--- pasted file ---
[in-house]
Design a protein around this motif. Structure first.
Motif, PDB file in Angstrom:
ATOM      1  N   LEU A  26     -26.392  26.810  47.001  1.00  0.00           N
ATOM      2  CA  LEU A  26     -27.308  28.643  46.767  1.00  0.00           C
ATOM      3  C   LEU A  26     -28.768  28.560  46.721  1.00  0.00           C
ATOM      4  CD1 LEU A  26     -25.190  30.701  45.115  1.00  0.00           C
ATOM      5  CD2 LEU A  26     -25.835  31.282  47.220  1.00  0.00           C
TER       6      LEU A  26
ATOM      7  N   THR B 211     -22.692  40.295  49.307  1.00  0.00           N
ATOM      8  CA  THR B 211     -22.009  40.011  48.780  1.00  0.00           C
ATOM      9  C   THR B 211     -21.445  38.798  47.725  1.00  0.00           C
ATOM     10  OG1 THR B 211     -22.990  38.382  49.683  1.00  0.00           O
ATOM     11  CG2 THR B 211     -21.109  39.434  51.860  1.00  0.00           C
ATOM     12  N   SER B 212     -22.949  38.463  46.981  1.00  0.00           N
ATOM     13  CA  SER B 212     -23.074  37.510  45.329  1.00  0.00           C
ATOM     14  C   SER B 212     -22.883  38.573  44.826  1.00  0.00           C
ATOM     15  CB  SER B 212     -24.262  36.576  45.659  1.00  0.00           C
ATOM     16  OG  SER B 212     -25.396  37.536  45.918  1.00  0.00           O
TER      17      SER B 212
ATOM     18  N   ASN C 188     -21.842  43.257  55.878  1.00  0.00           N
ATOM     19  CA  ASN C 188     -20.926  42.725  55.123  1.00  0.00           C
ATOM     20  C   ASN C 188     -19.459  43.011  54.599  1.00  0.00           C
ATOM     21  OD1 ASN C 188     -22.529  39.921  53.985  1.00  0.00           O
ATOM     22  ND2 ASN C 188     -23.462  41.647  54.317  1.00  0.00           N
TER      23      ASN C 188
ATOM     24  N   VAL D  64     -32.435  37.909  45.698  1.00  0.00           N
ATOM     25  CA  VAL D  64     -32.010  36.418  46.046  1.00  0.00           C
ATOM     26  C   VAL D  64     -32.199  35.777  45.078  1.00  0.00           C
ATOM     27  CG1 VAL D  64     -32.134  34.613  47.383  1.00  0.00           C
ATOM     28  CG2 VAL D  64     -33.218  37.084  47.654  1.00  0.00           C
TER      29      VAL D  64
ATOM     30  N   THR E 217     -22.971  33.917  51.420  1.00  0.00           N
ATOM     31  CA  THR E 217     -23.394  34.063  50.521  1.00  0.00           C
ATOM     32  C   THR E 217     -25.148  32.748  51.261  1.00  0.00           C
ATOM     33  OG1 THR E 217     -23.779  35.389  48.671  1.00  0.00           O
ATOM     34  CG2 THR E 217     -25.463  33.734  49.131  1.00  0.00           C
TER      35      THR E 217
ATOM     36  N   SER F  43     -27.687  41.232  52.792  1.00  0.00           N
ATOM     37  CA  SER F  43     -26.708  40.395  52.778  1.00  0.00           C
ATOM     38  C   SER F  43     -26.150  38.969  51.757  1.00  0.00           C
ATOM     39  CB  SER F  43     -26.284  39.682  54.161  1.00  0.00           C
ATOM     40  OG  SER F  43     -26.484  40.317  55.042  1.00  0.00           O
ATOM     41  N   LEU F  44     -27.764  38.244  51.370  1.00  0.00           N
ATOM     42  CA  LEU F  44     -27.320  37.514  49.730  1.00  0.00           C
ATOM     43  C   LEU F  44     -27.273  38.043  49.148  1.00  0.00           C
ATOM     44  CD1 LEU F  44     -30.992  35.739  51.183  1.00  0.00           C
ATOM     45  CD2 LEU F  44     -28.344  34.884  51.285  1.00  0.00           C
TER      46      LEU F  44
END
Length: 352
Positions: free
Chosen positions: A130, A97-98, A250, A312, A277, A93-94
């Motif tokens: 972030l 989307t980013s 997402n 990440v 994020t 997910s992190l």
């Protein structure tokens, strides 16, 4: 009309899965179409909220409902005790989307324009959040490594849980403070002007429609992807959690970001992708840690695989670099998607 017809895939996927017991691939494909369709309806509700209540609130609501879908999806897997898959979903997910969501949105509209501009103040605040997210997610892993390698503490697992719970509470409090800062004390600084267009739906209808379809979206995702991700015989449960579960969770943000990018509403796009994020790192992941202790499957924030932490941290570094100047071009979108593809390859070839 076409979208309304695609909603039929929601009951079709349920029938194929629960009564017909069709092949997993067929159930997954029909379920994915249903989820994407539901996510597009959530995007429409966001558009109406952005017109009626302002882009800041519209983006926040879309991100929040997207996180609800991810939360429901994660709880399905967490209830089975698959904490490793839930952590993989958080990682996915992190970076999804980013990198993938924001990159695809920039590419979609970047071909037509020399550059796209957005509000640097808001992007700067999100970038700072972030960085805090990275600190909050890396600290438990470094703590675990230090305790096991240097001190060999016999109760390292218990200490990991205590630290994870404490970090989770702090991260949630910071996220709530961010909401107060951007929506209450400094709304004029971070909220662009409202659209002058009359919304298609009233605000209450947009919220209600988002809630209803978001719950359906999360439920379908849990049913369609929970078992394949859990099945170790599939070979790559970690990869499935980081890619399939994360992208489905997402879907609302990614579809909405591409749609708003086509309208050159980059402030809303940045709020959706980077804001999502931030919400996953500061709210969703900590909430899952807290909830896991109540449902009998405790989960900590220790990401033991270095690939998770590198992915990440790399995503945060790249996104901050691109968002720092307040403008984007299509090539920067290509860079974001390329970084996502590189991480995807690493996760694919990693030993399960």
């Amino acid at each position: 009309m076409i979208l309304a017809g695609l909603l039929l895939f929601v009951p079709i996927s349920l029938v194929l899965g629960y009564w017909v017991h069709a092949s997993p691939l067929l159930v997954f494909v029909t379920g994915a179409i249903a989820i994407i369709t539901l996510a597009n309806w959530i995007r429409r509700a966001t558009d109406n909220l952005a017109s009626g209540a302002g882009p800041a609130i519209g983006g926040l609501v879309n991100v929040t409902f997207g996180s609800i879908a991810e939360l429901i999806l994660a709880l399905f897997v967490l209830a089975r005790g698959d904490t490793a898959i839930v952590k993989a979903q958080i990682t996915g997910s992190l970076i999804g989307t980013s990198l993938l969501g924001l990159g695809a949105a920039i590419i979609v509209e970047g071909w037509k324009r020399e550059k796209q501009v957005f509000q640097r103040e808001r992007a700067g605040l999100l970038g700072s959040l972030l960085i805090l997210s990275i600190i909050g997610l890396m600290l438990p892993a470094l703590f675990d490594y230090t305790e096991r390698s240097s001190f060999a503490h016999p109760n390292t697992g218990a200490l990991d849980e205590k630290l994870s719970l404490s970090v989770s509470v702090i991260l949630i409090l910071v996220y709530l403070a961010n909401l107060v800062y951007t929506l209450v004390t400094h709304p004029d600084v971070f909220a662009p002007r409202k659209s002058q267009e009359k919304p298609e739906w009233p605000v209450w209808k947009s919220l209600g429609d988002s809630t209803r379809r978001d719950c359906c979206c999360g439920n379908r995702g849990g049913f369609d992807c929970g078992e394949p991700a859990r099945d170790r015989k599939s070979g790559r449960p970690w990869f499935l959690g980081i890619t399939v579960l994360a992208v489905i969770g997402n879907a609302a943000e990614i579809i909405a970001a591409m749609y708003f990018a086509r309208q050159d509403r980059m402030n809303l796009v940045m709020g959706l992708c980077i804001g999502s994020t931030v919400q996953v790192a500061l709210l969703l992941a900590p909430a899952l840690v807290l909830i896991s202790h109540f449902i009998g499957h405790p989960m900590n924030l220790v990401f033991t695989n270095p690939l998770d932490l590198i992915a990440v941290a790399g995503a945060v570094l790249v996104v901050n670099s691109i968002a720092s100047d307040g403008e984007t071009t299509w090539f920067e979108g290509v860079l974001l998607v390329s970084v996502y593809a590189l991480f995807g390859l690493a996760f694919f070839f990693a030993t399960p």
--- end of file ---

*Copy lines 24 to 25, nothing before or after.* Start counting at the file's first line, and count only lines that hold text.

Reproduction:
ATOM     21  OD1 ASN C 188     -22.529  39.921  53.985  1.00  0.00           O
ATOM     22  ND2 ASN C 188     -23.462  41.647  54.317  1.00  0.00           N